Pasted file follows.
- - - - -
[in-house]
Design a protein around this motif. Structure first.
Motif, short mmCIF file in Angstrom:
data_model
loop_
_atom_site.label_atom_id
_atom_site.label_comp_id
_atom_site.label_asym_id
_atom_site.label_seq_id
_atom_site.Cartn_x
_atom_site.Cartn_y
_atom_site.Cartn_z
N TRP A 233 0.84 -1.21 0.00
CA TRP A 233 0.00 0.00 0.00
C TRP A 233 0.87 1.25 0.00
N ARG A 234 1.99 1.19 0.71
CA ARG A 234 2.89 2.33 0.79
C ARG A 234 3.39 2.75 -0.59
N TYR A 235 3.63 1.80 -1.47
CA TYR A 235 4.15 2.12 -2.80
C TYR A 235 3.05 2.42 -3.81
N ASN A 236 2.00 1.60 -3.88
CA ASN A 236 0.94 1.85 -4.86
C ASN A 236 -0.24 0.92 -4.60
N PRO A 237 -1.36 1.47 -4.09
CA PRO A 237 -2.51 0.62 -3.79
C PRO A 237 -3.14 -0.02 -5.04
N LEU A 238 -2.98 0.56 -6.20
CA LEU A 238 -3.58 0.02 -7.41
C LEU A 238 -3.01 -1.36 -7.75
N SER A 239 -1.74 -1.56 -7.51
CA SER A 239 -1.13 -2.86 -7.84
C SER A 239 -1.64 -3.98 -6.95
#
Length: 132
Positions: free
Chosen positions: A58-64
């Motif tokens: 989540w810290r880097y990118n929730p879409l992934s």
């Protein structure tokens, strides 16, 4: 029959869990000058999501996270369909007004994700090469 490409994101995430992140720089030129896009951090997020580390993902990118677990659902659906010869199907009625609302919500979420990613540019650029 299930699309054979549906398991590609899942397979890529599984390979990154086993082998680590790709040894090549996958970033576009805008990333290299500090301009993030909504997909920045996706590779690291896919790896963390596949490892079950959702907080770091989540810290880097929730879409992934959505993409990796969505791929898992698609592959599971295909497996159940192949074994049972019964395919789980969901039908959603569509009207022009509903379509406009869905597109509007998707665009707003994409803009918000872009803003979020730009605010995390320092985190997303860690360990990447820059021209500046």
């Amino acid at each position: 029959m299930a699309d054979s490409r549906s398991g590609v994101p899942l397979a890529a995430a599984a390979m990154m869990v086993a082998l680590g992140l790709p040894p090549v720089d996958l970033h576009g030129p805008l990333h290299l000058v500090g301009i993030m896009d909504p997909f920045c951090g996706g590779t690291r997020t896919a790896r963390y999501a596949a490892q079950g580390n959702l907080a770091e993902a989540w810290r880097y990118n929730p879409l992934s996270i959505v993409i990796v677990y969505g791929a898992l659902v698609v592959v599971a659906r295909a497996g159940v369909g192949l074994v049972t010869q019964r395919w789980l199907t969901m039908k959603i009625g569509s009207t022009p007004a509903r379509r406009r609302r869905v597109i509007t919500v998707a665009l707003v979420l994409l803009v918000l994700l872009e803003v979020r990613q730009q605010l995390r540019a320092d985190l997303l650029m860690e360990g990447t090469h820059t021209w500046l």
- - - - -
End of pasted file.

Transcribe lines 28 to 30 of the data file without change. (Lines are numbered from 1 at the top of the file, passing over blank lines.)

N LEU A 238 -2.98 0.56 -6.20
CA LEU A 238 -3.58 0.02 -7.41
C LEU A 238 -3.01 -1.36 -7.75